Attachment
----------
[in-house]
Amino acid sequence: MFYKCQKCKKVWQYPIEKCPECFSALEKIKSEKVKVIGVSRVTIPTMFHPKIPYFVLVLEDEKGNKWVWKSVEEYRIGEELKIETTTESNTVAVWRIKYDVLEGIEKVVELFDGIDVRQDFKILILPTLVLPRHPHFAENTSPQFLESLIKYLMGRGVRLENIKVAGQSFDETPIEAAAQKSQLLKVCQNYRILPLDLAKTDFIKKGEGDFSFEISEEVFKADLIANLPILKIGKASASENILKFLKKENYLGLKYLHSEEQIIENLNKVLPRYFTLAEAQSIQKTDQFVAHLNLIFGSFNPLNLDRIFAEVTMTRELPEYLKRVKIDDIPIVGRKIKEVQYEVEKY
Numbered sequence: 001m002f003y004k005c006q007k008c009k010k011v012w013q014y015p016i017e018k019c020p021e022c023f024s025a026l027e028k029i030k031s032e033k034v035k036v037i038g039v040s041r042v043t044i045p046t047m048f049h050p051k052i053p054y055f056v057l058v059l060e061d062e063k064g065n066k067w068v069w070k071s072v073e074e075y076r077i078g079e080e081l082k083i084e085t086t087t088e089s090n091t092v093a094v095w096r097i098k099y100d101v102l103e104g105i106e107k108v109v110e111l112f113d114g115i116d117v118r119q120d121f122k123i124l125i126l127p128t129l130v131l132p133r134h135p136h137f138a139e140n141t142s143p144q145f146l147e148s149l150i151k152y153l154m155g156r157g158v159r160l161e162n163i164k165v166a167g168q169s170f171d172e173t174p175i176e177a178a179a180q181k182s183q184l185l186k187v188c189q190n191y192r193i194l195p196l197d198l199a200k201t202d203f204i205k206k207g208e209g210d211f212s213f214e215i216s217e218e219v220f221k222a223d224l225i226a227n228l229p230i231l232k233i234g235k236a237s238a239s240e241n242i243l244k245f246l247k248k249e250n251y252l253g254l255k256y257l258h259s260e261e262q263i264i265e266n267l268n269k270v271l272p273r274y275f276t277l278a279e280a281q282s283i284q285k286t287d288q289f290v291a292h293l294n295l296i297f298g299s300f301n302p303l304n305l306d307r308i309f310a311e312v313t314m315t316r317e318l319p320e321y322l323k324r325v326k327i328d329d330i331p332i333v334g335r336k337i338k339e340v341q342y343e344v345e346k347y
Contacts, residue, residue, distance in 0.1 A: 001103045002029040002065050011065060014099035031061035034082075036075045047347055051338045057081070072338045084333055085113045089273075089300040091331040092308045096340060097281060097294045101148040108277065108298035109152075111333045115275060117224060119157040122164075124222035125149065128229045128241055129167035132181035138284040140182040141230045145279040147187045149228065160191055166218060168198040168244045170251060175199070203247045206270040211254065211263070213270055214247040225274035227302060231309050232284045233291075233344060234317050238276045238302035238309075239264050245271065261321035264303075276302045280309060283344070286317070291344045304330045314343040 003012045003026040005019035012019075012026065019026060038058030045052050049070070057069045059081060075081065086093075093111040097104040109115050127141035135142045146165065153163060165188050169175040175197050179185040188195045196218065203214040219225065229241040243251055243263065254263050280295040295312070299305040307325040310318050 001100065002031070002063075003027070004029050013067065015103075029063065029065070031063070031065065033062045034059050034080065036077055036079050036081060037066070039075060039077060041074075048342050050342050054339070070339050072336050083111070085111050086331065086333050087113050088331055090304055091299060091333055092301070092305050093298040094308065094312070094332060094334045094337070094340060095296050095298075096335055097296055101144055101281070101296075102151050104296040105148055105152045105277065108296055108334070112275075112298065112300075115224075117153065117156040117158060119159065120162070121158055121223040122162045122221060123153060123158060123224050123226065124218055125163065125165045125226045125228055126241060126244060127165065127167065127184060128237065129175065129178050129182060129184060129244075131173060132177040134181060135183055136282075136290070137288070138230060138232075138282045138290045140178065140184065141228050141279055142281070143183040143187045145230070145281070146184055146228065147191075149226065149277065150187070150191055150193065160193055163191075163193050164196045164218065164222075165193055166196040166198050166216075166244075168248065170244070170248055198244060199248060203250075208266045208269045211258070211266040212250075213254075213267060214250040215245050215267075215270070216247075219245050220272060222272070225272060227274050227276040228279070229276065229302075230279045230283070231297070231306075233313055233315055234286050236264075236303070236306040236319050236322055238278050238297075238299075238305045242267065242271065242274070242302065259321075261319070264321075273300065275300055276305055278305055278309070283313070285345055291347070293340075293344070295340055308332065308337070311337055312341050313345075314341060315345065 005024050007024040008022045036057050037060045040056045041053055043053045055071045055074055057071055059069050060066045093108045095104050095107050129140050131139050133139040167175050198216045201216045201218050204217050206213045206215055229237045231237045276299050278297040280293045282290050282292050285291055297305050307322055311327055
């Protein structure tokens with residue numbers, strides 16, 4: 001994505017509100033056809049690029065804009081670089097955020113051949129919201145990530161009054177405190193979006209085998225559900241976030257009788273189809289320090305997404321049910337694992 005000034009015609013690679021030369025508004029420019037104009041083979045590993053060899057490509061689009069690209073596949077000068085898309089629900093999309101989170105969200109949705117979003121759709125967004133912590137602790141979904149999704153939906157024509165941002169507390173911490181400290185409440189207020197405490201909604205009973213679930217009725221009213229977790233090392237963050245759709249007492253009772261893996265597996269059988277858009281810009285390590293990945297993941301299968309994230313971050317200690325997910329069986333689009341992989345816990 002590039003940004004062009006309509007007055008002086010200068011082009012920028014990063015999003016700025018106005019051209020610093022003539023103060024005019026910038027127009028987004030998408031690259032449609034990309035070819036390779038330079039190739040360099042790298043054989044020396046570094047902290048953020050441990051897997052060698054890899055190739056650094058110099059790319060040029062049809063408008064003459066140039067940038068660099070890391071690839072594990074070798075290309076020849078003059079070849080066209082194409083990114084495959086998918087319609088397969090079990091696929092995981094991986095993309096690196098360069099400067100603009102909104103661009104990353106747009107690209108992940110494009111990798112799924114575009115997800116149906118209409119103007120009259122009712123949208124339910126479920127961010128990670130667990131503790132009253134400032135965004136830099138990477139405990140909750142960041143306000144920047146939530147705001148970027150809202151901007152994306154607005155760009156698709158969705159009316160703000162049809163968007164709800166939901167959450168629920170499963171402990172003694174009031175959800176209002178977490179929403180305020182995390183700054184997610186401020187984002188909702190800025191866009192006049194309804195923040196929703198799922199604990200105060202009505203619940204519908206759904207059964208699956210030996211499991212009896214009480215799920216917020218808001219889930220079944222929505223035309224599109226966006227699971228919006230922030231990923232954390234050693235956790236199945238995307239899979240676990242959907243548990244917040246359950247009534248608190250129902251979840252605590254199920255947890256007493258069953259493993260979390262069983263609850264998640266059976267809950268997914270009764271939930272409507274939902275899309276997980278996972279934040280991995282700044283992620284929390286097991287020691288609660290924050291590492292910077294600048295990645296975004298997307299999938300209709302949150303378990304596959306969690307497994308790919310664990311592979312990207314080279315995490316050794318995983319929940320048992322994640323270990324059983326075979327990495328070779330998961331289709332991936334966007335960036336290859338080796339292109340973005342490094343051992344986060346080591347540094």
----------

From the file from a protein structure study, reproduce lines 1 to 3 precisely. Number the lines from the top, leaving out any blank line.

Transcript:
[in-house]
Amino acid sequence: MFYKCQKCKKVWQYPIEKCPECFSALEKIKSEKVKVIGVSRVTIPTMFHPKIPYFVLVLEDEKGNKWVWKSVEEYRIGEELKIETTTESNTVAVWRIKYDVLEGIEKVVELFDGIDVRQDFKILILPTLVLPRHPHFAENTSPQFLESLIKYLMGRGVRLENIKVAGQSFDETPIEAAAQKSQLLKVCQNYRILPLDLAKTDFIKKGEGDFSFEISEEVFKADLIANLPILKIGKASASENILKFLKKENYLGLKYLHSEEQIIENLNKVLPRYFTLAEAQSIQKTDQFVAHLNLIFGSFNPLNLDRIFAEVTMTRELPEYLKRVKIDDIPIVGRKIKEVQYEVEKY
Numbered sequence: 001m002f003y004k005c006q007k008c009k010k011v012w013q014y015p016i017e018k019c020p021e022c023f024s025a026l027e028k029i030k031s032e033k034v035k036v037i038g039v040s041r042v043t044i045p046t047m048f049h050p051k052i053p054y055f056v057l058v059l060e061d062e063k064g065n066k067w068v069w070k071s072v073e074e075y076r077i078g079e080e081l082k083i084e085t086t087t088e089s090n091t092v093a094v095w096r097i098k099y100d101v102l103e104g105i106e107k108v109v110e111l112f113d114g115i116d117v118r119q120d121f122k123i124l125i126l127p128t129l130v131l132p133r134h135p136h137f138a139e140n141t142s143p144q145f146l147e148s149l150i151k152y153l154m155g156r157g158v159r160l161e162n163i164k165v166a167g168q169s170f171d172e173t174p175i176e177a178a179a180q181k182s183q184l185l186k187v188c189q190n191y192r193i194l195p196l197d198l199a200k201t202d203f204i205k206k207g208e209g210d211f212s213f214e215i216s217e218e219v220f221k222a223d224l225i226a227n228l229p230i231l232k233i234g235k236a237s238a239s240e241n242i243l244k245f246l247k248k249e250n251y252l253g254l255k256y257l258h259s260e261e262q263i264i265e266n267l268n269k270v271l272p273r274y275f276t277l278a279e280a281q282s283i284q285k286t287d288q289f290v291a292h293l294n295l296i297f298g299s300f301n302p303l304n305l306d307r308i309f310a311e312v313t314m315t316r317e318l319p320e321y322l323k324r325v326k327i328d329d330i331p332i333v334g335r336k337i338k339e340v341q342y343e344v345e346k347y